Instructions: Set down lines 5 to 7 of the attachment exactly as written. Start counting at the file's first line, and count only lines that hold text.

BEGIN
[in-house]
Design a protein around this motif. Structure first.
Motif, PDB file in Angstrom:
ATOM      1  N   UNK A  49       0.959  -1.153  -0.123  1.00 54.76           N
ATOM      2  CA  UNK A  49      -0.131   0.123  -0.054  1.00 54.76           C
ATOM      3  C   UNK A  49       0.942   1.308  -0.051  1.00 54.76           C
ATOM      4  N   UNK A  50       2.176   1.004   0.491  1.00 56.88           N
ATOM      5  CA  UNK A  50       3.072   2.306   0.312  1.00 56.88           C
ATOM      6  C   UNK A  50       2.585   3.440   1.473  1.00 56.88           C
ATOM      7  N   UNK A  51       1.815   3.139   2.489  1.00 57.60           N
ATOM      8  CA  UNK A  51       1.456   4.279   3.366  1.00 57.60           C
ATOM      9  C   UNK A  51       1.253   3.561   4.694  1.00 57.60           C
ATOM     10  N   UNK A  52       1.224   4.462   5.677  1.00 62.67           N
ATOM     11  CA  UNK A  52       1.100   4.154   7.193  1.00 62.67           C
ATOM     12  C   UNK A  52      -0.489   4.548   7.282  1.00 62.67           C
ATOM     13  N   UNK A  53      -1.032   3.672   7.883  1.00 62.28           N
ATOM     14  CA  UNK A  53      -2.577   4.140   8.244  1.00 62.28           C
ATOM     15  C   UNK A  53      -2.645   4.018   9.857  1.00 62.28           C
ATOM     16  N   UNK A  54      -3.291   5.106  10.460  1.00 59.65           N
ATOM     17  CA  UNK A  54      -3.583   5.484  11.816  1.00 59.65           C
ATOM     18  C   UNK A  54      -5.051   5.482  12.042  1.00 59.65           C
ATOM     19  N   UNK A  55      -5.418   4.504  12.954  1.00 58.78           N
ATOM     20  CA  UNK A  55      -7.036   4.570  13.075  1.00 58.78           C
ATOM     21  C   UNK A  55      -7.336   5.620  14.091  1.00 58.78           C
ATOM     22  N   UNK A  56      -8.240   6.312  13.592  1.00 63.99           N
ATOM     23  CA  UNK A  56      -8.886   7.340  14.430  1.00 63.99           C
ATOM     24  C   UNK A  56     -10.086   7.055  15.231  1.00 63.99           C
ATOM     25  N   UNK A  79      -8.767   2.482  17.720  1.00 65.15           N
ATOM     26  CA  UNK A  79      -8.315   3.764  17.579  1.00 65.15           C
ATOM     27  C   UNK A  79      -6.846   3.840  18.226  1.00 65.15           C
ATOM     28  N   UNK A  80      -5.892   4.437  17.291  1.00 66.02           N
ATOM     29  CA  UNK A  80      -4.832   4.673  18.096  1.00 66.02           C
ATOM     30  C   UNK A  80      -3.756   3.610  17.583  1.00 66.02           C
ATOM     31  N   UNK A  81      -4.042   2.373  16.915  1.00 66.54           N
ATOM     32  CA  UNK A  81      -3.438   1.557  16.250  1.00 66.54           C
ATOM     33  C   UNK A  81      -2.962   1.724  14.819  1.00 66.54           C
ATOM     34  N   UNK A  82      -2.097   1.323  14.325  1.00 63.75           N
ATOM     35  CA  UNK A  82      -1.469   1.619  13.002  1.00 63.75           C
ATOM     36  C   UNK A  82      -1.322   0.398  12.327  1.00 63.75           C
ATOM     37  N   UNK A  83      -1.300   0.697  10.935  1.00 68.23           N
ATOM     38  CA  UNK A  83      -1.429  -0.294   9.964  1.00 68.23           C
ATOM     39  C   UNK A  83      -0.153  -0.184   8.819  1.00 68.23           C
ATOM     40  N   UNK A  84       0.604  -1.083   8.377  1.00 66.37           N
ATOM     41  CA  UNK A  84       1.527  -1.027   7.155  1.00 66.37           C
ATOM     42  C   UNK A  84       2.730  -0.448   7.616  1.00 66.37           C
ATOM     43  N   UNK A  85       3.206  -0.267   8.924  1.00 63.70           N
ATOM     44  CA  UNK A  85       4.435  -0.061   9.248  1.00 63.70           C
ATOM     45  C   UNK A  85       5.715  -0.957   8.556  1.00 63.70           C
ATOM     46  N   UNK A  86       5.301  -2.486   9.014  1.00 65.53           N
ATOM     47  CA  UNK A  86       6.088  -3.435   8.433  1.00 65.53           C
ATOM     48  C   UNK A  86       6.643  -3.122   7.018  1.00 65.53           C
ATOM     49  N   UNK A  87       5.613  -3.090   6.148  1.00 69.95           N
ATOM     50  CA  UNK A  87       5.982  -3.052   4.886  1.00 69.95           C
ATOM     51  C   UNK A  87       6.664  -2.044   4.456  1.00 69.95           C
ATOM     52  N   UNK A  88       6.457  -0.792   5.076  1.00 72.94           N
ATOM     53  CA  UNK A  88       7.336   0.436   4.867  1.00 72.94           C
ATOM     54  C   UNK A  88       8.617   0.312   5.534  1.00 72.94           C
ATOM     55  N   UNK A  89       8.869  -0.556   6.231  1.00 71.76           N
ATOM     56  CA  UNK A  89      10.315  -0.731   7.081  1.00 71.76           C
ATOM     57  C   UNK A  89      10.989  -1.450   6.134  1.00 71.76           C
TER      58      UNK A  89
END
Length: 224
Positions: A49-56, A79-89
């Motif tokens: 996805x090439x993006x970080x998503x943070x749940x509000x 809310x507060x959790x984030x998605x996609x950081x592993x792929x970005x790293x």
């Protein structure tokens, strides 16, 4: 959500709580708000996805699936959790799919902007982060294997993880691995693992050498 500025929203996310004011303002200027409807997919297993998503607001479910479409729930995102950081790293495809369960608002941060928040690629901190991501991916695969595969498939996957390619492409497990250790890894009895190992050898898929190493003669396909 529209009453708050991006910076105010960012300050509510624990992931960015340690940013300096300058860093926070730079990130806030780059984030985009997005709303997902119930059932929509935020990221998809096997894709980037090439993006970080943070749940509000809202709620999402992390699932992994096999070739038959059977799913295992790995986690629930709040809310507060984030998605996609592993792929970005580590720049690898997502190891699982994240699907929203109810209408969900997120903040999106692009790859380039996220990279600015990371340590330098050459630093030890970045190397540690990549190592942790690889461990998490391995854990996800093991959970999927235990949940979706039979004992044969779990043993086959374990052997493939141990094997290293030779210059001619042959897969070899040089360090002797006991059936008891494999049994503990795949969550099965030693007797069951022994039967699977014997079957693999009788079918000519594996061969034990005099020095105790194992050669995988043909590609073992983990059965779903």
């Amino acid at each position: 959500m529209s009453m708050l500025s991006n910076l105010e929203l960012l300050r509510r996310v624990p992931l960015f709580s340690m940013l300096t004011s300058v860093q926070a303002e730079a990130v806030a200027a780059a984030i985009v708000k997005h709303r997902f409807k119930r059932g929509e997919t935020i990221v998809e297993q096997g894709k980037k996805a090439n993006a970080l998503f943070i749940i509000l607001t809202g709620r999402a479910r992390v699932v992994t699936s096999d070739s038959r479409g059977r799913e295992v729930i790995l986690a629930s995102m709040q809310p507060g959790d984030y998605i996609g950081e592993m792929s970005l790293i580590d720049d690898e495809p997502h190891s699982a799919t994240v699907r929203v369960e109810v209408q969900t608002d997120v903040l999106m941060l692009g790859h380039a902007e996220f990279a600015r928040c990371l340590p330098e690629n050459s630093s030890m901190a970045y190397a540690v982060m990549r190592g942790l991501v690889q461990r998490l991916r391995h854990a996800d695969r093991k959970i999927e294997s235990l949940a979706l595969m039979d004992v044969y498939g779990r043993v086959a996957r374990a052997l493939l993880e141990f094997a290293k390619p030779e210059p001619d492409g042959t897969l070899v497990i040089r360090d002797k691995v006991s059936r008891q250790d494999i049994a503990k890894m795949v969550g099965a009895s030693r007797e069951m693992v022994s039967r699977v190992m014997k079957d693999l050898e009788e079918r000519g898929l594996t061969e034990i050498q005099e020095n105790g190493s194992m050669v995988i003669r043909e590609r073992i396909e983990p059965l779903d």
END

ATOM      2  CA  UNK A  49      -0.131   0.123  -0.054  1.00 54.76           C
ATOM      3  C   UNK A  49       0.942   1.308  -0.051  1.00 54.76           C
ATOM      4  N   UNK A  50       2.176   1.004   0.491  1.00 56.88           N